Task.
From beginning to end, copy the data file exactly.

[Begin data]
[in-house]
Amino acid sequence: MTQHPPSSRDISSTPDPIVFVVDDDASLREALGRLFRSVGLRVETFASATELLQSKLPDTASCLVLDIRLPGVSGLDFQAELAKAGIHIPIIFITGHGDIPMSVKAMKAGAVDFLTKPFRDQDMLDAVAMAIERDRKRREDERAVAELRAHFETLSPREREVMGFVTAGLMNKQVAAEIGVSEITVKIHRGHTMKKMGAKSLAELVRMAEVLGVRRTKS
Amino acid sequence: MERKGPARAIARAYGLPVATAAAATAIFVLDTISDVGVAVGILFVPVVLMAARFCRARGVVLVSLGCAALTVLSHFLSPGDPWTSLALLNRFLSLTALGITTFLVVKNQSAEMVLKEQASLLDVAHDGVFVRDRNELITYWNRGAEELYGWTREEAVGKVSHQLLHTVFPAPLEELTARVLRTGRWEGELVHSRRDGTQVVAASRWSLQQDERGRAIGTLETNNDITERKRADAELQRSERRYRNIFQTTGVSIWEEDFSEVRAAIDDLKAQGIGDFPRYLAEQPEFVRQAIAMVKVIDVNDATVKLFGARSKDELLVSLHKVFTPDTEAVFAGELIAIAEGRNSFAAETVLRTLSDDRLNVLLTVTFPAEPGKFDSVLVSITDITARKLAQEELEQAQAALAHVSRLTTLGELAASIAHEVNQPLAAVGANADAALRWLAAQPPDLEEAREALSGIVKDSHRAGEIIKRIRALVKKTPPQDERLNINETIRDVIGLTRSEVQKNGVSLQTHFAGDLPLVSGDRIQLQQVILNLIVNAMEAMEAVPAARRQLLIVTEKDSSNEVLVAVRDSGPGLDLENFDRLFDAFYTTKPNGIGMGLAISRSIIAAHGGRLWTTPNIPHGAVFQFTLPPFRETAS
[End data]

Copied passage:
[in-house]
Amino acid sequence: MTQHPPSSRDISSTPDPIVFVVDDDASLREALGRLFRSVGLRVETFASATELLQSKLPDTASCLVLDIRLPGVSGLDFQAELAKAGIHIPIIFITGHGDIPMSVKAMKAGAVDFLTKPFRDQDMLDAVAMAIERDRKRREDERAVAELRAHFETLSPREREVMGFVTAGLMNKQVAAEIGVSEITVKIHRGHTMKKMGAKSLAELVRMAEVLGVRRTKS
Amino acid sequence: MERKGPARAIARAYGLPVATAAAATAIFVLDTISDVGVAVGILFVPVVLMAARFCRARGVVLVSLGCAALTVLSHFLSPGDPWTSLALLNRFLSLTALGITTFLVVKNQSAEMVLKEQASLLDVAHDGVFVRDRNELITYWNRGAEELYGWTREEAVGKVSHQLLHTVFPAPLEELTARVLRTGRWEGELVHSRRDGTQVVAASRWSLQQDERGRAIGTLETNNDITERKRADAELQRSERRYRNIFQTTGVSIWEEDFSEVRAAIDDLKAQGIGDFPRYLAEQPEFVRQAIAMVKVIDVNDATVKLFGARSKDELLVSLHKVFTPDTEAVFAGELIAIAEGRNSFAAETVLRTLSDDRLNVLLTVTFPAEPGKFDSVLVSITDITARKLAQEELEQAQAALAHVSRLTTLGELAASIAHEVNQPLAAVGANADAALRWLAAQPPDLEEAREALSGIVKDSHRAGEIIKRIRALVKKTPPQDERLNINETIRDVIGLTRSEVQKNGVSLQTHFAGDLPLVSGDRIQLQQVILNLIVNAMEAMEAVPAARRQLLIVTEKDSSNEVLVAVRDSGPGLDLENFDRLFDAFYTTKPNGIGMGLAISRSIIAAHGGRLWTTPNIPHGAVFQFTLPPFRETAS